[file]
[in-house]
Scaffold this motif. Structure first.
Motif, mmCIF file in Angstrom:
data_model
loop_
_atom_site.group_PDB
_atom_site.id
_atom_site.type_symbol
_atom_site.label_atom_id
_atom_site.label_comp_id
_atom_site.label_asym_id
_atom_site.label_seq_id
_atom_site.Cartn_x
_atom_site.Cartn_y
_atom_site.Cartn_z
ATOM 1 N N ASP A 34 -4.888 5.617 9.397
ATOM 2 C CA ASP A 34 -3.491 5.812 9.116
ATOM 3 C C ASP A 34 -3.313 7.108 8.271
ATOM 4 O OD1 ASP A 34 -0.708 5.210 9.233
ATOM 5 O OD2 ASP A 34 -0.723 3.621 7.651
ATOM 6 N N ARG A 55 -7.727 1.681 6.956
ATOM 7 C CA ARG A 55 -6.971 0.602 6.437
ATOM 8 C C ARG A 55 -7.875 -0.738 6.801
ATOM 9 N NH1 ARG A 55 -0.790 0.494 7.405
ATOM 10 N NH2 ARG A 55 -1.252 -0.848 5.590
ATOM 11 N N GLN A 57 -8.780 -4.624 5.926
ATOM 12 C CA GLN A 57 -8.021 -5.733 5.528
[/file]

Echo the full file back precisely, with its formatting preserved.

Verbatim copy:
[in-house]
Scaffold this motif. Structure first.
Motif, mmCIF file in Angstrom:
data_model
loop_
_atom_site.group_PDB
_atom_site.id
_atom_site.type_symbol
_atom_site.label_atom_id
_atom_site.label_comp_id
_atom_site.label_asym_id
_atom_site.label_seq_id
_atom_site.Cartn_x
_atom_site.Cartn_y
_atom_site.Cartn_z
ATOM 1 N N ASP A 34 -4.888 5.617 9.397
ATOM 2 C CA ASP A 34 -3.491 5.812 9.116
ATOM 3 C C ASP A 34 -3.313 7.108 8.271
ATOM 4 O OD1 ASP A 34 -0.708 5.210 9.233
ATOM 5 O OD2 ASP A 34 -0.723 3.621 7.651
ATOM 6 N N ARG A 55 -7.727 1.681 6.956
ATOM 7 C CA ARG A 55 -6.971 0.602 6.437
ATOM 8 C C ARG A 55 -7.875 -0.738 6.801
ATOM 9 N NH1 ARG A 55 -0.790 0.494 7.405
ATOM 10 N NH2 ARG A 55 -1.252 -0.848 5.590
ATOM 11 N N GLN A 57 -8.780 -4.624 5.926
ATOM 12 C CA GLN A 57 -8.021 -5.733 5.528